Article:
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first_imgFacebookTwitterEmailPrintFriendly分享Governor Bill Walker has added a bill to his special session calling for the establishment of a oil and gas infrastructure development program. The bill would join ten others that Walker is asking lawmakers to consider. The bill was originally introduced during the regular session but it stalled. Two new bills were also introduced by Walker on Monday: one would extend major medical coverage to the survivors of peace officers and firefighters killed in the line of duty; the other contains a number of different tax proposals. The bills requiring the most attention from lawmakers during this special session will be the budget, along with the oil/gas tax credits and revenue bills. On most of the bills up for consideration, Walker is giving legislators the option to pick up the process where they left off, but a two-thirds vote in each chamber is needed for that to be accomplished.last_img read more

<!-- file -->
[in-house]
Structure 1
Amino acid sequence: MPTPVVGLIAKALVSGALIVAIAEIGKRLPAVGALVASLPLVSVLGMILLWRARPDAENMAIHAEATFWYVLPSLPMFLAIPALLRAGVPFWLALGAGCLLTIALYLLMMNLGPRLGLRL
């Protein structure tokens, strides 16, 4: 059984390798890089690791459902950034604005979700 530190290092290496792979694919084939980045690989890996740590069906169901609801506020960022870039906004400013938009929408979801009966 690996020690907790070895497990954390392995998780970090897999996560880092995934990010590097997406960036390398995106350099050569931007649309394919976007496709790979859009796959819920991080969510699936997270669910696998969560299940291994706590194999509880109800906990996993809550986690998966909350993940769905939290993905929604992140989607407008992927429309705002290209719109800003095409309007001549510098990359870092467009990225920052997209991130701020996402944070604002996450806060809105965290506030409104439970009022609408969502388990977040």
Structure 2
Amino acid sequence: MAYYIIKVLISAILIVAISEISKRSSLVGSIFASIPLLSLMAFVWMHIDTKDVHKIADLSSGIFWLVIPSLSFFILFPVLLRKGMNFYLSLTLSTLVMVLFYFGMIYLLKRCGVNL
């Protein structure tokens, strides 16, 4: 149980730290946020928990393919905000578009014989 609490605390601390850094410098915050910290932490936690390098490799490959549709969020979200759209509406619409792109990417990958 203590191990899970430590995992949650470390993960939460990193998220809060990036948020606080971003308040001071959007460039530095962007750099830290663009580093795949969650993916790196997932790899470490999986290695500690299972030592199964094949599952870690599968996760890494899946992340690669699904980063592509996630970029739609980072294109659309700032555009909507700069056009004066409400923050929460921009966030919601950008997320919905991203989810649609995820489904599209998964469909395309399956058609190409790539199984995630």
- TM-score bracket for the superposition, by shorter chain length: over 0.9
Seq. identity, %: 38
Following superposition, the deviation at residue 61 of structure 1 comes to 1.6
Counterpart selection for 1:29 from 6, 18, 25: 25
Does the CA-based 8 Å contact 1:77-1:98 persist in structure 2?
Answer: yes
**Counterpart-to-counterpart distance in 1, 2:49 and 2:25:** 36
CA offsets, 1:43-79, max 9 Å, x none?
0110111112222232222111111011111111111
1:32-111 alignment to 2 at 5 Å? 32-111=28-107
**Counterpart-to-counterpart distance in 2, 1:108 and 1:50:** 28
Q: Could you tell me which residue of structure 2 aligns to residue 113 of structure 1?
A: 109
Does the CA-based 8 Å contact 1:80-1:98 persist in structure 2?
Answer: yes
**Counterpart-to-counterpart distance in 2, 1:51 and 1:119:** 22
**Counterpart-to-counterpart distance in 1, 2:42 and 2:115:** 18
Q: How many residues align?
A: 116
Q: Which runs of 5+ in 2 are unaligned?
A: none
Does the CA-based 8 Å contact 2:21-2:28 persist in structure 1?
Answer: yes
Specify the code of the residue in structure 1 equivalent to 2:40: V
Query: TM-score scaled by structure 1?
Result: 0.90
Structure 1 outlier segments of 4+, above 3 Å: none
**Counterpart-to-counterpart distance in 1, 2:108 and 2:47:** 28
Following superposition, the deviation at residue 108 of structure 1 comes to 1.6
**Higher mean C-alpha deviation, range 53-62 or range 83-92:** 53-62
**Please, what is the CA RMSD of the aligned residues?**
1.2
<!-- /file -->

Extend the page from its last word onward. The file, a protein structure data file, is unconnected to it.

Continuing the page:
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first_imgBruce RastetterOutgoing Board of Regents president Bruce Rastetter attended his last meeting today in Council Bluffs.“It has certainly been an interesting six years and perspective of the public institutions and what the board has that I have really grown to appreciate,” Rastetter says.Rastetter, who is a businessman from Alden, decided not to apply for another term on the board. He told the board they need to keep active in running the three state-supported universities.“It’s really important that the Board of Regents not be a placeholder board,” Rastetter says. “I think oftentimes in the past it’s been a position that is certainly coveted in the state, it holds a high degree of prestige as we think about it. But it clearly needs to be an active oversight board. And this board has been.”Rastetter says the new board will face challenges with the state’s budget situation, and says the board staff is working to address that. He says they will create a task force that they would present at the next meeting for the summer, “for the regents to engage the stakeholders in in Des Moines and Iowa to talk about what tuition and public support will be going forward for the regents.” “I think that will be an important process, an important process to look at the individuality of each university as the president’s bring forward their tuition discussions,” according to Rastetter He says one of the things they will have to consider given the budget situation is if they can stick with their promise to only raise tuition 2 percent.Rastetter again told board members they need to be involved. “I would in closing say that I would encourage the board and the new boardmembers to be an active board. Because if you are not accepting where we are today, it will lead you to a lower result, rather than a greater result as do most things in life,” Rastetter says. Board president pro-tem Katie Mulholland sought reappointment to the board, but she was left off the governor’s list.The governor appointed Nancy Boettger, a former Republican state senator from Harlan, and Nancy Dunkel, a Democrat from Dyersville who served two terms in the Iowa House to fill the open spots. Rastetter and Mullholland were honored with proclamations read during the meeting. Iowa State University president Steven Leath also attended his last regents meeting before leaving to become the president at Auburn. He mentioned the move briefly after his update to the board on activities at ISU.“I would like to say that it has been a great opportunity to serve as president of Iowa State. I’ve enjoyed it immensely, hardest job I’ve ever had, the one I liked the best, and appreciate my time in Iowa,” Leath says. Leath will leave ISU in May.The Board of Regents approved the second reading today to increase the room and board rates at the University of Iowa, Iowa State and UNI. The most common room and board plan will go up 1.9 percent at Iowa State, 1.8 percent at UNI and one-half-of-one percent at the U-I.Share this:FacebookTwitterlast_img read more